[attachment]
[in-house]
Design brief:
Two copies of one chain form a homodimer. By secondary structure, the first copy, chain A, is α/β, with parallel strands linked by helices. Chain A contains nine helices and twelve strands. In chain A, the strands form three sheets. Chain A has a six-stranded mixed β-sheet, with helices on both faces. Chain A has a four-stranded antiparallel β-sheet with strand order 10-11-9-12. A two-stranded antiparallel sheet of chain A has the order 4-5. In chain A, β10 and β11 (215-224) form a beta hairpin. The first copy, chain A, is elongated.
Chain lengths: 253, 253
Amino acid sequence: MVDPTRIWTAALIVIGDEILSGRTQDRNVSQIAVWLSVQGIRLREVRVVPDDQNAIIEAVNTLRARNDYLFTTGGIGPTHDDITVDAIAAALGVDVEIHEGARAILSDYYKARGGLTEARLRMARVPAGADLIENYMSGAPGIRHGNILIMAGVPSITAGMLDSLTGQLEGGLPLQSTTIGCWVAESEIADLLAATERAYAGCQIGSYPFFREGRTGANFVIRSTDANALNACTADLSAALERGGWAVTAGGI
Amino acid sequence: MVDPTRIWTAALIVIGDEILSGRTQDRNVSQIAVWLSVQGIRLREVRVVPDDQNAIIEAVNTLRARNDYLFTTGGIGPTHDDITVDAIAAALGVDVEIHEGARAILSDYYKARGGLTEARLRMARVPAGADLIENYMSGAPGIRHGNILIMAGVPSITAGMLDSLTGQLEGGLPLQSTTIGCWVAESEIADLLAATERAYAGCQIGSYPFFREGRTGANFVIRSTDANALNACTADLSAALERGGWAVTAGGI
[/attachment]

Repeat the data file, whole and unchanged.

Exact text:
[in-house]
Design brief:
Two copies of one chain form a homodimer. By secondary structure, the first copy, chain A, is α/β, with parallel strands linked by helices. Chain A contains nine helices and twelve strands. In chain A, the strands form three sheets. Chain A has a six-stranded mixed β-sheet, with helices on both faces. Chain A has a four-stranded antiparallel β-sheet with strand order 10-11-9-12. A two-stranded antiparallel sheet of chain A has the order 4-5. In chain A, β10 and β11 (215-224) form a beta hairpin. The first copy, chain A, is elongated.
Chain lengths: 253, 253
Amino acid sequence: MVDPTRIWTAALIVIGDEILSGRTQDRNVSQIAVWLSVQGIRLREVRVVPDDQNAIIEAVNTLRARNDYLFTTGGIGPTHDDITVDAIAAALGVDVEIHEGARAILSDYYKARGGLTEARLRMARVPAGADLIENYMSGAPGIRHGNILIMAGVPSITAGMLDSLTGQLEGGLPLQSTTIGCWVAESEIADLLAATERAYAGCQIGSYPFFREGRTGANFVIRSTDANALNACTADLSAALERGGWAVTAGGI
Amino acid sequence: MVDPTRIWTAALIVIGDEILSGRTQDRNVSQIAVWLSVQGIRLREVRVVPDDQNAIIEAVNTLRARNDYLFTTGGIGPTHDDITVDAIAAALGVDVEIHEGARAILSDYYKARGGLTEARLRMARVPAGADLIENYMSGAPGIRHGNILIMAGVPSITAGMLDSLTGQLEGGLPLQSTTIGCWVAESEIADLLAATERAYAGCQIGSYPFFREGRTGANFVIRSTDANALNACTADLSAALERGGWAVTAGGI